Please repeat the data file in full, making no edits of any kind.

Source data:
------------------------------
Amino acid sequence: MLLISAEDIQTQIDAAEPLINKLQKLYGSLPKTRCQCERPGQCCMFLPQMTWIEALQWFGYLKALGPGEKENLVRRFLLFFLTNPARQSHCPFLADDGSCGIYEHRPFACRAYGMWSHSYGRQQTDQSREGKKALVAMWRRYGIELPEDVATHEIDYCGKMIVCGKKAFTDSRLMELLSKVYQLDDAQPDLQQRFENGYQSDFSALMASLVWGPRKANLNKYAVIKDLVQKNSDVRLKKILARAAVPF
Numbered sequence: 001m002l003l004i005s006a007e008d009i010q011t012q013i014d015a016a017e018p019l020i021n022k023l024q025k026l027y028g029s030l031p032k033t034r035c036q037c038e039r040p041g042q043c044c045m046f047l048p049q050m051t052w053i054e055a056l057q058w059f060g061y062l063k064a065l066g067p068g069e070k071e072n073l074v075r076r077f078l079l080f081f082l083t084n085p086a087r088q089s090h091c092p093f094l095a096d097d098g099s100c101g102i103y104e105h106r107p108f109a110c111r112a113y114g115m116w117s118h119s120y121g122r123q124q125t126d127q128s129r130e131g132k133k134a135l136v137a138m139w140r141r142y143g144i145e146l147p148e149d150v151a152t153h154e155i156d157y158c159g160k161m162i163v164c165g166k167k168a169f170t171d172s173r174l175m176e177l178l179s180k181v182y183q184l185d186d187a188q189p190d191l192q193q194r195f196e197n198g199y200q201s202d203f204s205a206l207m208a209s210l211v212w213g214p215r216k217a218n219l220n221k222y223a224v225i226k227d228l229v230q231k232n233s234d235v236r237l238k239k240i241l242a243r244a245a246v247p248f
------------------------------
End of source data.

Amino acid sequence: MLLISAEDIQTQIDAAEPLINKLQKLYGSLPKTRCQCERPGQCCMFLPQMTWIEALQWFGYLKALGPGEKENLVRRFLLFFLTNPARQSHCPFLADDGSCGIYEHRPFACRAYGMWSHSYGRQQTDQSREGKKALVAMWRRYGIELPEDVATHEIDYCGKMIVCGKKAFTDSRLMELLSKVYQLDDAQPDLQQRFENGYQSDFSALMASLVWGPRKANLNKYAVIKDLVQKNSDVRLKKILARAAVPF
Numbered sequence: 001m002l003l004i005s006a007e008d009i010q011t012q013i014d015a016a017e018p019l020i021n022k023l024q025k026l027y028g029s030l031p032k033t034r035c036q037c038e039r040p041g042q043c044c045m046f047l048p049q050m051t052w053i054e055a056l057q058w059f060g061y062l063k064a065l066g067p068g069e070k071e072n073l074v075r076r077f078l079l080f081f082l083t084n085p086a087r088q089s090h091c092p093f094l095a096d097d098g099s100c101g102i103y104e105h106r107p108f109a110c111r112a113y114g115m116w117s118h119s120y121g122r123q124q125t126d127q128s129r130e131g132k133k134a135l136v137a138m139w140r141r142y143g144i145e146l147p148e149d150v151a152t153h154e155i156d157y158c159g160k161m162i163v164c165g166k167k168a169f170t171d172s173r174l175m176e177l178l179s180k181v182y183q184l185d186d187a188q189p190d191l192q193q194r195f196e197n198g199y200q201s202d203f204s205a206l207m208a209s210l211v212w213g214p215r216k217a218n219l220n221k222y223a224v225i226k227d228l229v230q231k232n233s234d235v236r237l238k239k240i241l242a243r244a245a246v247p248f